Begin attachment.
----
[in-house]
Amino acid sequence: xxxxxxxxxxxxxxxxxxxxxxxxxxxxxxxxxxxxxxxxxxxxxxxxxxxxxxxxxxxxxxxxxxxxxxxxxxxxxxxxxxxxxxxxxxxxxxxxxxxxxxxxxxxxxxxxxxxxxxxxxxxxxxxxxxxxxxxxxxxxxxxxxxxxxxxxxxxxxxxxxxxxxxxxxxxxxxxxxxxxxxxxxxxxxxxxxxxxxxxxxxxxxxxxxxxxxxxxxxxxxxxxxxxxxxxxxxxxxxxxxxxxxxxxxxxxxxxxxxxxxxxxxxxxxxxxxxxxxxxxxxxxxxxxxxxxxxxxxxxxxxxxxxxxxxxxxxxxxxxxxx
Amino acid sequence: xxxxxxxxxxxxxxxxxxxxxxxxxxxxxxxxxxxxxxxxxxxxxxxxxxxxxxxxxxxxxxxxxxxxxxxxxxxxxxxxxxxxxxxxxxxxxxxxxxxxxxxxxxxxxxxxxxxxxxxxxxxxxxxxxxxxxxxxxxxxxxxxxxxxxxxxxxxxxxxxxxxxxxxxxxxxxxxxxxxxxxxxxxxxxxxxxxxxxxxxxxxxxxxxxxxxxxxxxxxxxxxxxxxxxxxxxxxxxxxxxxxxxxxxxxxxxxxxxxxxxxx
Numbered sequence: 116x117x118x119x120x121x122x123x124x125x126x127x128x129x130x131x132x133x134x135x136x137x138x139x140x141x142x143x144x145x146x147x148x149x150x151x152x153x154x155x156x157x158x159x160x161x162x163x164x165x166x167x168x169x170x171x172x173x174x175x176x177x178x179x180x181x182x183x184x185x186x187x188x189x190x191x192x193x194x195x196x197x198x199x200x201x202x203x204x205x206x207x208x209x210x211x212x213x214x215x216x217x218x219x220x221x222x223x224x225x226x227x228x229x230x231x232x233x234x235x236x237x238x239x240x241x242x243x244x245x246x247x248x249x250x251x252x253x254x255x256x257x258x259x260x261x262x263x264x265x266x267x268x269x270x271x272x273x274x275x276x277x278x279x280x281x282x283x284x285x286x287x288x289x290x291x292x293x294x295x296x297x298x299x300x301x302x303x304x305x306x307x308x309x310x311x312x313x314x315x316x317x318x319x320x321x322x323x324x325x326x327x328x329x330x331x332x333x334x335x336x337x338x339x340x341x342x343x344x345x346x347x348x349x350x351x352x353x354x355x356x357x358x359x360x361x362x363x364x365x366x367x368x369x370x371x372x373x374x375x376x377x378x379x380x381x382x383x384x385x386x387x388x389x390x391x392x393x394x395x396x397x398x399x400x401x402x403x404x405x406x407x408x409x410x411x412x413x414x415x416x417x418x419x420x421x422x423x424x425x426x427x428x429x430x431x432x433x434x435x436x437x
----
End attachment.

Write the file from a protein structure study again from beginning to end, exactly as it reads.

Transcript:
[in-house]
Amino acid sequence: xxxxxxxxxxxxxxxxxxxxxxxxxxxxxxxxxxxxxxxxxxxxxxxxxxxxxxxxxxxxxxxxxxxxxxxxxxxxxxxxxxxxxxxxxxxxxxxxxxxxxxxxxxxxxxxxxxxxxxxxxxxxxxxxxxxxxxxxxxxxxxxxxxxxxxxxxxxxxxxxxxxxxxxxxxxxxxxxxxxxxxxxxxxxxxxxxxxxxxxxxxxxxxxxxxxxxxxxxxxxxxxxxxxxxxxxxxxxxxxxxxxxxxxxxxxxxxxxxxxxxxxxxxxxxxxxxxxxxxxxxxxxxxxxxxxxxxxxxxxxxxxxxxxxxxxxxxxxxxxxxx
Amino acid sequence: xxxxxxxxxxxxxxxxxxxxxxxxxxxxxxxxxxxxxxxxxxxxxxxxxxxxxxxxxxxxxxxxxxxxxxxxxxxxxxxxxxxxxxxxxxxxxxxxxxxxxxxxxxxxxxxxxxxxxxxxxxxxxxxxxxxxxxxxxxxxxxxxxxxxxxxxxxxxxxxxxxxxxxxxxxxxxxxxxxxxxxxxxxxxxxxxxxxxxxxxxxxxxxxxxxxxxxxxxxxxxxxxxxxxxxxxxxxxxxxxxxxxxxxxxxxxxxxxxxxxxxx
Numbered sequence: 116x117x118x119x120x121x122x123x124x125x126x127x128x129x130x131x132x133x134x135x136x137x138x139x140x141x142x143x144x145x146x147x148x149x150x151x152x153x154x155x156x157x158x159x160x161x162x163x164x165x166x167x168x169x170x171x172x173x174x175x176x177x178x179x180x181x182x183x184x185x186x187x188x189x190x191x192x193x194x195x196x197x198x199x200x201x202x203x204x205x206x207x208x209x210x211x212x213x214x215x216x217x218x219x220x221x222x223x224x225x226x227x228x229x230x231x232x233x234x235x236x237x238x239x240x241x242x243x244x245x246x247x248x249x250x251x252x253x254x255x256x257x258x259x260x261x262x263x264x265x266x267x268x269x270x271x272x273x274x275x276x277x278x279x280x281x282x283x284x285x286x287x288x289x290x291x292x293x294x295x296x297x298x299x300x301x302x303x304x305x306x307x308x309x310x311x312x313x314x315x316x317x318x319x320x321x322x323x324x325x326x327x328x329x330x331x332x333x334x335x336x337x338x339x340x341x342x343x344x345x346x347x348x349x350x351x352x353x354x355x356x357x358x359x360x361x362x363x364x365x366x367x368x369x370x371x372x373x374x375x376x377x378x379x380x381x382x383x384x385x386x387x388x389x390x391x392x393x394x395x396x397x398x399x400x401x402x403x404x405x406x407x408x409x410x411x412x413x414x415x416x417x418x419x420x421x422x423x424x425x426x427x428x429x430x431x432x433x434x435x436x437x